Drafted in the 21st round of the 2012 MLB Draft by the Kansas City Royals, left-hander Matt Strahm has had an injury-plagued professional career to date. In his rookie league debut, Strahm threw 30 and a third innings and posted a 5.64 ERA. Strahm did strike out 42 batters during those innings, but also walked 17 batters. Strahm ended up missing the entirety of the 2013 season after Tommy John surgery and missed much of 2014 as well. Strahm looked much improved in his short stint in rookie ball at the end of 2014, posting a 2.29 ERA with 27 strikeouts and 10 walks in 19 and two-thirds innings.
To begin 2015, Strahm started the season in Low-A with 26 solid innings, posting a 2.08 ERA. However, Strahm’s walk rate still remained over 12 percent, even with an increase in his strikeout rate to 38 percent. During this time, Strahm was pitching exclusively out of the bullpen. Upon his promotion to High-A later in that year, Strahm was used mostly as a starter. In 68 innings in High-A, Strahm experienced a decrease in his strikeout rate, but an even more substantial decrease in his walk rate. Most importantly, Strahm nearly halved his walk rate during this time and posted a 2.78 ERA.
In 2016, Strahm spent a majority of the season starting in Double-A, throwing 102 and a third innings and posting a further improved 4.65 K-BB rate, improved from 4.37 the year before in High-A and 3.17 in Low-A. Despite posting a higher ERA than in the year before, Strahm had shown himself capable of being a starter at a higher level.
With his solid Double-A performance, Strahm earned himself a late-season promotion to Kansas City, where he pitched 22 innings out of the bullpen and struck 30 batters while walking 11. Weirdly enough, Strahm has seen an increased walk rate every time he has pitched out of the bullpen, which is the opposite of what you would expect with the average pitcher. Even so, Strahm showed himself capable of being an immensely valuable relief pitcher, as evidenced by his 0.8 fWAR in just 22 innings.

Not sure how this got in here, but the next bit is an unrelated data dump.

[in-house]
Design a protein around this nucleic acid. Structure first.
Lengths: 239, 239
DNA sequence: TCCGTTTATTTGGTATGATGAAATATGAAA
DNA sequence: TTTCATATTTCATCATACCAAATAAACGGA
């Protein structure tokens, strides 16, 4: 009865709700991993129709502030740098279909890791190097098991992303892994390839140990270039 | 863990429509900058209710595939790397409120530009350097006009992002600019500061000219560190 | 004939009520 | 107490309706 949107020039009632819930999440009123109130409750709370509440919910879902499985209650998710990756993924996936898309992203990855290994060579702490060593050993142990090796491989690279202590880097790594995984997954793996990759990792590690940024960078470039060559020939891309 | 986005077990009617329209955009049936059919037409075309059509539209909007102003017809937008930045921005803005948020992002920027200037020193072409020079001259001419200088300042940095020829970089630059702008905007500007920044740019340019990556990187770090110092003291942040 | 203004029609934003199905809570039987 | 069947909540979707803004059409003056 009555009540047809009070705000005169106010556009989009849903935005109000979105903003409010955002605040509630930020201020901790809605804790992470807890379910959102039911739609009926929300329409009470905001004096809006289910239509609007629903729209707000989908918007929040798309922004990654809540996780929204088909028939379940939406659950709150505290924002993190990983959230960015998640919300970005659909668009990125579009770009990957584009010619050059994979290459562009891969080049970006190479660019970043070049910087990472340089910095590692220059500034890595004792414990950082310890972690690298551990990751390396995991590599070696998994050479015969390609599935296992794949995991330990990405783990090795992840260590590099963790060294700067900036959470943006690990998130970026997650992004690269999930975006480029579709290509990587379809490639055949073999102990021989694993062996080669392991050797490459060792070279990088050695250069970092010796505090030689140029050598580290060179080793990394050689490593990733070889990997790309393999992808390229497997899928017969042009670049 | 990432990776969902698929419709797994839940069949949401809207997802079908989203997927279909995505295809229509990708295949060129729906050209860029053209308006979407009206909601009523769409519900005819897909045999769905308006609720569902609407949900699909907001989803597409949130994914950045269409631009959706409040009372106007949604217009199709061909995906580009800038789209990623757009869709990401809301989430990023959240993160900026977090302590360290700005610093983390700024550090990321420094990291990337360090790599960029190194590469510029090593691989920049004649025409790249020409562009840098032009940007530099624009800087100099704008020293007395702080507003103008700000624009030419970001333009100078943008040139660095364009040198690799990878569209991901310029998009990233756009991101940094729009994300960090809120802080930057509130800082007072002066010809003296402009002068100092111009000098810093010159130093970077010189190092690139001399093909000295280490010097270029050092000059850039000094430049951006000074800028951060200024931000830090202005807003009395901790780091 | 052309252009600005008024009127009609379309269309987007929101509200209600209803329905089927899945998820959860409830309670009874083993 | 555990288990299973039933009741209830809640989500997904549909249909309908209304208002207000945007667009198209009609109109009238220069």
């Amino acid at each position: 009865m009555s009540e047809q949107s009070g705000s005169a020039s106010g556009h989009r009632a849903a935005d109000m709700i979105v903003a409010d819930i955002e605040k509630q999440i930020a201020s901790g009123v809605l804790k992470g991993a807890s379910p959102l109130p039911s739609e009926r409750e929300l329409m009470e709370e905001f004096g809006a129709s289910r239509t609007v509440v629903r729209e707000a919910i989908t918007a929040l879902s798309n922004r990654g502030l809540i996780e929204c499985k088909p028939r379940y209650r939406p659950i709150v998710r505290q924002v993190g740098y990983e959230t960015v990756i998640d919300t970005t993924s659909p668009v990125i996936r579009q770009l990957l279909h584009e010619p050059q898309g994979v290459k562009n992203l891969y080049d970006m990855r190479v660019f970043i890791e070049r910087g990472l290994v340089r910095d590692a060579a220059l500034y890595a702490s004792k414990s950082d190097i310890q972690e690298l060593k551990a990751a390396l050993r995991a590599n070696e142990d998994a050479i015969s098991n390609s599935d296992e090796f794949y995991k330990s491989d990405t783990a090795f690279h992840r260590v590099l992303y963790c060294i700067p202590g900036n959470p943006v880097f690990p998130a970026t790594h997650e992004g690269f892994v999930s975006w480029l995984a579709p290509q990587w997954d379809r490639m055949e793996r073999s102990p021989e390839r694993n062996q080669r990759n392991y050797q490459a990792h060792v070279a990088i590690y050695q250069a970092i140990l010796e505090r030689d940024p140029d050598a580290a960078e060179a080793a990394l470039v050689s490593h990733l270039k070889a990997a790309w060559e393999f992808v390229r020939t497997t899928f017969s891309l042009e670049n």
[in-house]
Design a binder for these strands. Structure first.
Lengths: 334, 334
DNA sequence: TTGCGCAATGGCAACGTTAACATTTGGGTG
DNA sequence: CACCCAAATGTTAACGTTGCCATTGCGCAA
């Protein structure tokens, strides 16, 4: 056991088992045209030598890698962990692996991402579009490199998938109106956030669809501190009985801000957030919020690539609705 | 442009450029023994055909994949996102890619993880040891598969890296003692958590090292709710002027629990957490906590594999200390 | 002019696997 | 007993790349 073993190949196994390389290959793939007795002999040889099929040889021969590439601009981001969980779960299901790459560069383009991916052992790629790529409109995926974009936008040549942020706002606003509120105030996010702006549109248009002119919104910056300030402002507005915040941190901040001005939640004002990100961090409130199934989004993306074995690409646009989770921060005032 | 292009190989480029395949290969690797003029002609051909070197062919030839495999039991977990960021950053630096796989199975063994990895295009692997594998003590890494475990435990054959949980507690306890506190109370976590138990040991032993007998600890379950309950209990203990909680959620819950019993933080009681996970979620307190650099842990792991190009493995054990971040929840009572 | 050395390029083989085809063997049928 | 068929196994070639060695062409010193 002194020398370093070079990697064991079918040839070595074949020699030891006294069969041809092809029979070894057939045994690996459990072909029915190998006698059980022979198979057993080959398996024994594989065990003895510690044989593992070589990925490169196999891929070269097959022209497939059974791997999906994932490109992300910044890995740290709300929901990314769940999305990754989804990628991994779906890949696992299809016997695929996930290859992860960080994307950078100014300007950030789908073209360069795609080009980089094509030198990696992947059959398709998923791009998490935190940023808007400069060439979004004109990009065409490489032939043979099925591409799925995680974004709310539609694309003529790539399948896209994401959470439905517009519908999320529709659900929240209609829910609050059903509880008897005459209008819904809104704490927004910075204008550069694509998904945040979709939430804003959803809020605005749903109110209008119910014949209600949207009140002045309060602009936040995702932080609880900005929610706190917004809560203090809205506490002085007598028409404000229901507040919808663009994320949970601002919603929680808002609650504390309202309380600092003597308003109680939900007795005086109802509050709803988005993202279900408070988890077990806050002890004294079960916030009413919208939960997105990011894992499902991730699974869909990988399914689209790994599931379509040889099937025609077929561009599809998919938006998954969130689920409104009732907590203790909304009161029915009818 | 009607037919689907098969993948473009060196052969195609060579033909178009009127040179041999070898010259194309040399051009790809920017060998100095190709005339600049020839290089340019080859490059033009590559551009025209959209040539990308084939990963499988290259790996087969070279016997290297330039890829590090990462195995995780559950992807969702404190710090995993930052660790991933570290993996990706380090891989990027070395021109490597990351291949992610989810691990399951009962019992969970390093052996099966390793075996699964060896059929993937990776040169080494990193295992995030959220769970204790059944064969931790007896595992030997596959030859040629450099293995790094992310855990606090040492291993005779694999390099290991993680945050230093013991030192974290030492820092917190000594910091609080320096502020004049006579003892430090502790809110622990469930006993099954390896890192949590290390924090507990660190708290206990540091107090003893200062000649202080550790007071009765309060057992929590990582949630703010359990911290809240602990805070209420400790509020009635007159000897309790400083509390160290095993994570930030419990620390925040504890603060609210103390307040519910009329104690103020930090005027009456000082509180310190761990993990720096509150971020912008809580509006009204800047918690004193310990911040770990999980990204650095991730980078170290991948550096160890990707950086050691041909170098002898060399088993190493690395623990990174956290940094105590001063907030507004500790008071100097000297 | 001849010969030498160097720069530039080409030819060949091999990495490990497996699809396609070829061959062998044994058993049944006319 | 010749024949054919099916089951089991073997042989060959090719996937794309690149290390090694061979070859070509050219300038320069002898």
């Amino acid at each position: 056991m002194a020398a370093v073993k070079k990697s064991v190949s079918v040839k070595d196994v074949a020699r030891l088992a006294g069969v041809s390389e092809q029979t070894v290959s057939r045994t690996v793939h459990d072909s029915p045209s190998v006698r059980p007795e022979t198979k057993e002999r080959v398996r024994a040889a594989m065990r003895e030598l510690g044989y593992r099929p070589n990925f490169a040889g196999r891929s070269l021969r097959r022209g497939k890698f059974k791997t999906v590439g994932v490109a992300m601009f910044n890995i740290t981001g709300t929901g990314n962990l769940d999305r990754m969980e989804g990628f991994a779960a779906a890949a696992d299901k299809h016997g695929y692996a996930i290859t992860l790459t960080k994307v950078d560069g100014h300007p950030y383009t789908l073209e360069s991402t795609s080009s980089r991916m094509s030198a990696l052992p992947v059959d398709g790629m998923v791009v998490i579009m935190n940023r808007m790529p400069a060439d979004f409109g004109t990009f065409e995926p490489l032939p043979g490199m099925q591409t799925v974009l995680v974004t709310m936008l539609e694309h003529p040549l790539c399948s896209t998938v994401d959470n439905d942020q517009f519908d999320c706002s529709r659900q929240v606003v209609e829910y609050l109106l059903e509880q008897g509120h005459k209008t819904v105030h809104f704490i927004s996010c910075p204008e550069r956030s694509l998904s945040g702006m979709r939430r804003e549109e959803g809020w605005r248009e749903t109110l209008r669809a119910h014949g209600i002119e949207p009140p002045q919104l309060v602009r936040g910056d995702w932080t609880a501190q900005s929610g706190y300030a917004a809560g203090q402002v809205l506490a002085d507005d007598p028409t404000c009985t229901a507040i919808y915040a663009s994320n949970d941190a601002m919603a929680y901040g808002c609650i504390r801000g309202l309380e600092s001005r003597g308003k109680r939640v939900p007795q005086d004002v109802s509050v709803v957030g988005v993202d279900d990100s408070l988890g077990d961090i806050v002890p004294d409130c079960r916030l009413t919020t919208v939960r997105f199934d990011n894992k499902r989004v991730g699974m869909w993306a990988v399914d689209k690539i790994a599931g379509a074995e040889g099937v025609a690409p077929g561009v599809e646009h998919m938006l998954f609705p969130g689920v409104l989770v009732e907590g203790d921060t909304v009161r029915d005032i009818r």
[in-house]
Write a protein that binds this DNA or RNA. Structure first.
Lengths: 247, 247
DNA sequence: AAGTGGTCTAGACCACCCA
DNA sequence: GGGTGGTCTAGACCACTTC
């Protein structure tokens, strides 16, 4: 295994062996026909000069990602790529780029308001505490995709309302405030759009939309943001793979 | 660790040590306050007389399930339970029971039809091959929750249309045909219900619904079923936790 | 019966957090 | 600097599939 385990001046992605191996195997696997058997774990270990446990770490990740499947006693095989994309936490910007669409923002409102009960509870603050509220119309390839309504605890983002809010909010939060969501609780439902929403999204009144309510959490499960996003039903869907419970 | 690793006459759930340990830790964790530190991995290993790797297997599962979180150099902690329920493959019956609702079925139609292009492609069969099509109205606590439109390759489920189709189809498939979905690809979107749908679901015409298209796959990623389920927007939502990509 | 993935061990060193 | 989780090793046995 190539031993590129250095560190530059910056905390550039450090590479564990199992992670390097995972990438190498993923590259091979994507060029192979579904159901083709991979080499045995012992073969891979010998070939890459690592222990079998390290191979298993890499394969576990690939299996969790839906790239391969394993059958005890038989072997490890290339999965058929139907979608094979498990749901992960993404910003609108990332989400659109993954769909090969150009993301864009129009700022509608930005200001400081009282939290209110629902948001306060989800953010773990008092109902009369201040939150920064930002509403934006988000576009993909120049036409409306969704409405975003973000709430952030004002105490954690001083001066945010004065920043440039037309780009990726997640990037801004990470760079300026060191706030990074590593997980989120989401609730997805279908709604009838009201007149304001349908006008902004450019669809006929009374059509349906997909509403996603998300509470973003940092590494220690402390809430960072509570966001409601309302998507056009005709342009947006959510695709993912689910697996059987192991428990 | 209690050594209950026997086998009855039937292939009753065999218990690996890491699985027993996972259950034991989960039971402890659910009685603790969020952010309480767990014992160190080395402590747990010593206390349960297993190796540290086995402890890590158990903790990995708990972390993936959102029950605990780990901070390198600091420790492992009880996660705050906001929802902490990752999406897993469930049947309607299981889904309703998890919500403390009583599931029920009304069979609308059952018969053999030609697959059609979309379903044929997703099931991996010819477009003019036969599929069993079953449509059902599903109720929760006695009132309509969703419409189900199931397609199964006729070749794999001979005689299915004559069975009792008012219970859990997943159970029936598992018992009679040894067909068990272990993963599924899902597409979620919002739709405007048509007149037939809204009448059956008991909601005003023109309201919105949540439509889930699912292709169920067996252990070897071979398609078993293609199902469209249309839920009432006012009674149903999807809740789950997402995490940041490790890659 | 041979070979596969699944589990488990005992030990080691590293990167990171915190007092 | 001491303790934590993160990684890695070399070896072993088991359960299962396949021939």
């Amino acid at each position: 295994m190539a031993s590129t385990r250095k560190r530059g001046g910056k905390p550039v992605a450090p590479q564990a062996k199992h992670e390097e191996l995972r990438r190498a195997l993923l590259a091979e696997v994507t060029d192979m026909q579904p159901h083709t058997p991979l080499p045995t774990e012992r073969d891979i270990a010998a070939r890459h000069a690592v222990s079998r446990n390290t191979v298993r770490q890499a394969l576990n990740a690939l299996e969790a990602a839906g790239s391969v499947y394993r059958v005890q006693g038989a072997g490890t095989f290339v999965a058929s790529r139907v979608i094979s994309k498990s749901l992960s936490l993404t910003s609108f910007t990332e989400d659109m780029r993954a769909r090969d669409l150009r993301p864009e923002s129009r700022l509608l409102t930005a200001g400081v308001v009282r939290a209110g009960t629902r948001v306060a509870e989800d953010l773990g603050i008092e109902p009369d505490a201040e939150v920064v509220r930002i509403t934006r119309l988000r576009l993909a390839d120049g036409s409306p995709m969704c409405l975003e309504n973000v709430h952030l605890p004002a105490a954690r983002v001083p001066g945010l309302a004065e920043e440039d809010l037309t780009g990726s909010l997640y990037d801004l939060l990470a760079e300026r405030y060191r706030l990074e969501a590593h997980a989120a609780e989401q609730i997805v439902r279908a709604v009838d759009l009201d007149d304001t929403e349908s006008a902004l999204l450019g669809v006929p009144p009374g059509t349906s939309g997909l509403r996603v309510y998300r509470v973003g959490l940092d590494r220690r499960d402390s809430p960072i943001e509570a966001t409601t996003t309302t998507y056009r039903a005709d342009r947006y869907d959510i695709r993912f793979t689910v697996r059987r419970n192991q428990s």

Although he had a bit of Triple-A time in 2017, it was only five innings, so let’s focus on his time at the big league level. In 34 and two-thirds innings prior to a leg injury ended his season, Strahm took a big step back, posting a 5.45 ERA and the highest walk rate and the lowest strikeout rate of his career. Given his leg injury, it’s fair to speculate about whether or not Strahm was pitching hurt.
2018 Projection and Long-Term Outlook
Steamer: 51 innings, six games started, 27.7% strikeout rate, 13.6% walk rate, 3.90 ERA, 4.09 FIP, 0.6 fWAR
In 2018, it appears that Strahm will be given the chance to earn a rotation spot in spring training. However, there is a lot of competition for those last few spots, so it may be hard for him to do enough to earn it, especially given his health status. If Strahm pitches well this spring, the Padres will likely give him a chance to start. His long-term value is immensely more important than some of the other arms the Padres have, so he seems to have a good shot.
It will be interesting to see if the Padres start Strahm out of the bullpen because of his injury history. With only 40 innings under his belt in 2017, it seems unlikely that Strahm will take on a full starter’s workload right away. However, Strahm could prove himself to be a valuable rotation piece, or perhaps an even more valuable relief piece, in the future.